New Mexico’s home visiting puzzle

Despite strong evidence that home visiting promotes healthy families and children, state officials have diverted millions of dollars from the program in order to fund child care assistance, according to documents obtained by Searchlight New Mexico. Since 2016, the Children, Youth and Families Department (CYFD) has moved a total of nearly $12 million earmarked for home visiting into child care assistance, saying the reallocation is necessary to meet the rising costs of child care. Among all the early childhood programs, child care assistance is the state flagship, helping tens of thousands of working New Mexico families care for their children. Officials shifted the funds from one pot to another because the state’s network of home-visiting providers, on the whole, failed to spend all the available money. “There’s a misconception out there that because we’re focused on childcare assistance, we’re not focused on home visiting, and that’s not true at all,” CYFD Secretary Monique Jacobson said.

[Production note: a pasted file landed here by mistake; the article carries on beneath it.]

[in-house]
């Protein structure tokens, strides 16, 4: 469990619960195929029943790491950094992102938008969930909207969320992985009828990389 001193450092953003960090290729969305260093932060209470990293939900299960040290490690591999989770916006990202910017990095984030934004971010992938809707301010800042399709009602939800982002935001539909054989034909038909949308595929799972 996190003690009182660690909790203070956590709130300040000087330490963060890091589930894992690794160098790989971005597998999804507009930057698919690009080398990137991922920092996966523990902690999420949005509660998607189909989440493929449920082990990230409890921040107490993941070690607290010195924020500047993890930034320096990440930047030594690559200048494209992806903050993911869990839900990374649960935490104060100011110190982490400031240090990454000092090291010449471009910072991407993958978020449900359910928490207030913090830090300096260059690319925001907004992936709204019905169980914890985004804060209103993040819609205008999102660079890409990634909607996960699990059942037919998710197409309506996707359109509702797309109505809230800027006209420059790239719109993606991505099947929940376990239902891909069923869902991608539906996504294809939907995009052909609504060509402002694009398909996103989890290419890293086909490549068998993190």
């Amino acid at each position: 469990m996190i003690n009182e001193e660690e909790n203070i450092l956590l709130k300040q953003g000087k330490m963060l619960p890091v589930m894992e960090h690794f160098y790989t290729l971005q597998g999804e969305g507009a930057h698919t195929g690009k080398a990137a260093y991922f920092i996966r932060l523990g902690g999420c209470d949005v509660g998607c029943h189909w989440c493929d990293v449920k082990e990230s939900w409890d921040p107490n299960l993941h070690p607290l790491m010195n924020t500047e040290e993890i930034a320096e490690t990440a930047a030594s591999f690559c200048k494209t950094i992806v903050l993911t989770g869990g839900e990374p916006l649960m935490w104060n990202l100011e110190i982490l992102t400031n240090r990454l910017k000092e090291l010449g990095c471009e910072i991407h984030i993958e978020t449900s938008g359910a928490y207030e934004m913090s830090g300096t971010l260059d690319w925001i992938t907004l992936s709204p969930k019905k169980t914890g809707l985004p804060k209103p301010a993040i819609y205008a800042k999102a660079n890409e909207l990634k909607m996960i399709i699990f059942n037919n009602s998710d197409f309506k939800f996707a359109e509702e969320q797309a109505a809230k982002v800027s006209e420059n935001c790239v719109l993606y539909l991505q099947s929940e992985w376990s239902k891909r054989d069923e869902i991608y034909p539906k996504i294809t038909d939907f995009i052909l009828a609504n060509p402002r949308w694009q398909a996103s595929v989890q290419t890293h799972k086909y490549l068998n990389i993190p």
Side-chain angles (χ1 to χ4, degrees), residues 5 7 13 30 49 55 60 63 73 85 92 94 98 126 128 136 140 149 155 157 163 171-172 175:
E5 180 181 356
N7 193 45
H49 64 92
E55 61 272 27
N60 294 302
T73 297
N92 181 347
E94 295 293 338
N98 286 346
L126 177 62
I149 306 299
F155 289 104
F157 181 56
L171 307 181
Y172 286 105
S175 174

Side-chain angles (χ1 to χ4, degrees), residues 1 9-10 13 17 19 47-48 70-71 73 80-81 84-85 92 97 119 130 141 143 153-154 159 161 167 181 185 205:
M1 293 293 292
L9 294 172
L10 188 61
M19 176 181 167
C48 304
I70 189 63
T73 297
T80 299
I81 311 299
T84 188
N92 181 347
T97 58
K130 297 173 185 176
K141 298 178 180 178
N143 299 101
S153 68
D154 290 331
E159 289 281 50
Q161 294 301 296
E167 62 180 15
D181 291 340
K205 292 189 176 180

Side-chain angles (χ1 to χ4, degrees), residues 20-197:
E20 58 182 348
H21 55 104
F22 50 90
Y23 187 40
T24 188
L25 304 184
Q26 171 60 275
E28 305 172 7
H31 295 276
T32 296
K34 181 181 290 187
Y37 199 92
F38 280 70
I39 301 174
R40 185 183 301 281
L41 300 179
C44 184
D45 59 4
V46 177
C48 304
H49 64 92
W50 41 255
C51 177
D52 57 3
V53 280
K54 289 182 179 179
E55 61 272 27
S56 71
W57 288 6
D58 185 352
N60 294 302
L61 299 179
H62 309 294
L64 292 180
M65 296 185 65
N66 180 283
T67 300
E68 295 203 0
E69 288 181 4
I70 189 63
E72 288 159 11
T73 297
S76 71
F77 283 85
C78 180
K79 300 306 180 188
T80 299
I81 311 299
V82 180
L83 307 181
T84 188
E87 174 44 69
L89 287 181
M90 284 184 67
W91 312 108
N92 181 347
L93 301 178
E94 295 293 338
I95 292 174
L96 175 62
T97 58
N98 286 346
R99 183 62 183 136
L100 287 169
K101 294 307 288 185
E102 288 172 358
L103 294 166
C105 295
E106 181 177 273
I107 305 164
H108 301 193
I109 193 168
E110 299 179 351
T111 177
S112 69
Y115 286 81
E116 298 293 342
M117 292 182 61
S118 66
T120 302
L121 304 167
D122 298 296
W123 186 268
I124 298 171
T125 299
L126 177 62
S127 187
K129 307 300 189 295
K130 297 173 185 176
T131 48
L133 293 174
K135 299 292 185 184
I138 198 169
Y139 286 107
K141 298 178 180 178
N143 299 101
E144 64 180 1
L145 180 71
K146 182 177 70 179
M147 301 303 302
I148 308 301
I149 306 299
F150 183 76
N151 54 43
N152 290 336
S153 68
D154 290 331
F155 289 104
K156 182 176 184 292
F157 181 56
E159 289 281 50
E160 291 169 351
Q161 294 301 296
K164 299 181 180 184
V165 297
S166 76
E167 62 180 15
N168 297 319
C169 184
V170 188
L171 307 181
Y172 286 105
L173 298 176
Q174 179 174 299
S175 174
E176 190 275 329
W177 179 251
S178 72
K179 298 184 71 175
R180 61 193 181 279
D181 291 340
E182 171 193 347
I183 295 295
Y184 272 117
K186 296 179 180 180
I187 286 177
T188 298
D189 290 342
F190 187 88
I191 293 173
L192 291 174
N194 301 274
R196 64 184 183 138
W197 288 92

Lawsuit: New Mexico is wrongly denying child care benefits

Five New Mexico residents are suing the Children, Youth and Families Department (CYFD), claiming the state is effectively cheating eligible low-income families out of money to pay for child care. According to the lawsuit, filed Tuesday in First Judicial District court in Santa Fe by the New Mexico Center on Law and Poverty (CLP), CYFD is handing out child care assistance based on secretly formulated rules without clearly defined eligibility requirements, in violation of the state constitution. CLP brought the suit on behalf of five residents whose applications for child care assistance were denied. Olé, an Albuquerque-based community organizing group, is also a plaintiff. The complaint names Secretary Monique Jacobson, in her official capacity, as defendant.